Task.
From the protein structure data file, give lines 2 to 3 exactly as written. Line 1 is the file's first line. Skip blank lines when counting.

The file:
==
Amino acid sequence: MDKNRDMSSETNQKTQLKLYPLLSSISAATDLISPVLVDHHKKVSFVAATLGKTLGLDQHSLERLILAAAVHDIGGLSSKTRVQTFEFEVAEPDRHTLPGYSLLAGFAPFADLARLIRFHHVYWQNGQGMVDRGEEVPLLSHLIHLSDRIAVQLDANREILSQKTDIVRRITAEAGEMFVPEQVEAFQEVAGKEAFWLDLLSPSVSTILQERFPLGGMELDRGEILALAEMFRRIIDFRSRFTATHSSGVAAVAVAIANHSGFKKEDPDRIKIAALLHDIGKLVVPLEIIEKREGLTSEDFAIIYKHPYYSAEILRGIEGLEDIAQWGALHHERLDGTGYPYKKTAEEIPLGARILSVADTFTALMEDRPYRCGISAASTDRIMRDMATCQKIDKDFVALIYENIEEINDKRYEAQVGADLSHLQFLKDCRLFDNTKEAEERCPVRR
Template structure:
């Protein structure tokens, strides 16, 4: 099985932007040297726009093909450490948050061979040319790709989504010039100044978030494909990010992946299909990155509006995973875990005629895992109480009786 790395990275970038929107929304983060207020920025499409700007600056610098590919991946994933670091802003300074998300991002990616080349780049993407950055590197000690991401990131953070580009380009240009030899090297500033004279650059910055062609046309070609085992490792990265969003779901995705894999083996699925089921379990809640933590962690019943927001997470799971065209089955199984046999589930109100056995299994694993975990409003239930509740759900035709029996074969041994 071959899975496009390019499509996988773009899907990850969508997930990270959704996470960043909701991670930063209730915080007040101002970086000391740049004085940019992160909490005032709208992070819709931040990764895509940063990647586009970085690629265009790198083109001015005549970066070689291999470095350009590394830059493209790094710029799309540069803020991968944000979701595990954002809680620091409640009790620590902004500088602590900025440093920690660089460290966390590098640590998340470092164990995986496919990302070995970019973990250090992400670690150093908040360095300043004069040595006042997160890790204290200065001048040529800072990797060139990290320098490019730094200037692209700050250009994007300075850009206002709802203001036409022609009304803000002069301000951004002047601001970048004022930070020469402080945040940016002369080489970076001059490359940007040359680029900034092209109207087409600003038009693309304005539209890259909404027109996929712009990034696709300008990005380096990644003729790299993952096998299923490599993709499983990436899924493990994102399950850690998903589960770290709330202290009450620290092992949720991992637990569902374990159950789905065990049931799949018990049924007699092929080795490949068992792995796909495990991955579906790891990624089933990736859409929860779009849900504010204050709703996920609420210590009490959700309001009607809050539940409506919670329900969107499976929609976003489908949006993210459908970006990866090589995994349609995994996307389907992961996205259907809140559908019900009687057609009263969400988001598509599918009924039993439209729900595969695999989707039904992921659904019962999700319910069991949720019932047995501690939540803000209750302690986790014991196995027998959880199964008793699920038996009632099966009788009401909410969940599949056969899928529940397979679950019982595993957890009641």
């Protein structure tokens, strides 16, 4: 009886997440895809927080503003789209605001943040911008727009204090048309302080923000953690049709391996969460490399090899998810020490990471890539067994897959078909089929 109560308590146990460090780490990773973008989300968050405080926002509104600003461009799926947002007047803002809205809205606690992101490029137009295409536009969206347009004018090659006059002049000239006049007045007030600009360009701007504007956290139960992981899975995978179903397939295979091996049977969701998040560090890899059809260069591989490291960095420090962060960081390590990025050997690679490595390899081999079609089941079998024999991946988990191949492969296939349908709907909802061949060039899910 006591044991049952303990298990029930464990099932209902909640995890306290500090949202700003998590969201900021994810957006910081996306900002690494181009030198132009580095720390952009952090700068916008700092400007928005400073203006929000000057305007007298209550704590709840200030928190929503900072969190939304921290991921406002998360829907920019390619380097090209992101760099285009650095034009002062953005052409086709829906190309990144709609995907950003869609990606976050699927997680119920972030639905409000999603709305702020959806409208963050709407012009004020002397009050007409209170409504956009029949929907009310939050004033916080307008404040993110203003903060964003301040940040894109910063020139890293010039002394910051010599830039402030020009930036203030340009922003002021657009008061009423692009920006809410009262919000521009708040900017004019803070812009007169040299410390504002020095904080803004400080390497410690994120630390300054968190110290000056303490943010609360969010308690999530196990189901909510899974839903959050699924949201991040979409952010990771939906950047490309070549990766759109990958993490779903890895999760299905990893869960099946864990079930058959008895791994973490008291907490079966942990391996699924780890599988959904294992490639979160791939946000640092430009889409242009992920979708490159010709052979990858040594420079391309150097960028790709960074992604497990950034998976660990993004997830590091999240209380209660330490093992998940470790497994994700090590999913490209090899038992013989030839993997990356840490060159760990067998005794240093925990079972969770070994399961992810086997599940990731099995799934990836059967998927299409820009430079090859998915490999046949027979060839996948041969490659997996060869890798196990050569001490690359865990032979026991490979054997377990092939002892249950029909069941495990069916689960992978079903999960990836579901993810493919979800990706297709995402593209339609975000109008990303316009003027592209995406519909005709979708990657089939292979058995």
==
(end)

Template structure:
């Protein structure tokens, strides 16, 4: 099985932007040297726009093909450490948050061979040319790709989504010039100044978030494909990010992946299909990155509006995973875990005629895992109480009786 790395990275970038929107929304983060207020920025499409700007600056610098590919991946994933670091802003300074998300991002990616080349780049993407950055590197000690991401990131953070580009380009240009030899090297500033004279650059910055062609046309070609085992490792990265969003779901995705894999083996699925089921379990809640933590962690019943927001997470799971065209089955199984046999589930109100056995299994694993975990409003239930509740759900035709029996074969041994 071959899975496009390019499509996988773009899907990850969508997930990270959704996470960043909701991670930063209730915080007040101002970086000391740049004085940019992160909490005032709208992070819709931040990764895509940063990647586009970085690629265009790198083109001015005549970066070689291999470095350009590394830059493209790094710029799309540069803020991968944000979701595990954002809680620091409640009790620590902004500088602590900025440093920690660089460290966390590098640590998340470092164990995986496919990302070995970019973990250090992400670690150093908040360095300043004069040595006042997160890790204290200065001048040529800072990797060139990290320098490019730094200037692209700050250009994007300075850009206002709802203001036409022609009304803000002069301000951004002047601001970048004022930070020469402080945040940016002369080489970076001059490359940007040359680029900034092209109207087409600003038009693309304005539209890259909404027109996929712009990034696709300008990005380096990644003729790299993952096998299923490599993709499983990436899924493990994102399950850690998903589960770290709330202290009450620290092992949720991992637990569902374990159950789905065990049931799949018990049924007699092929080795490949068992792995796909495990991955579906790891990624089933990736859409929860779009849900504010204050709703996920609420210590009490959700309001009607809050539940409506919670329900969107499976929609976003489908949006993210459908970006990866090589995994349609995994996307389907992961996205259907809140559908019900009687057609009263969400988001598509599918009924039993439209729900595969695999989707039904992921659904019962999700319910069991949720019932047995501690939540803000209750302690986790014991196995027998959880199964008793699920038996009632099966009788009401909410969940599949056969899928529940397979679950019982595993957890009641």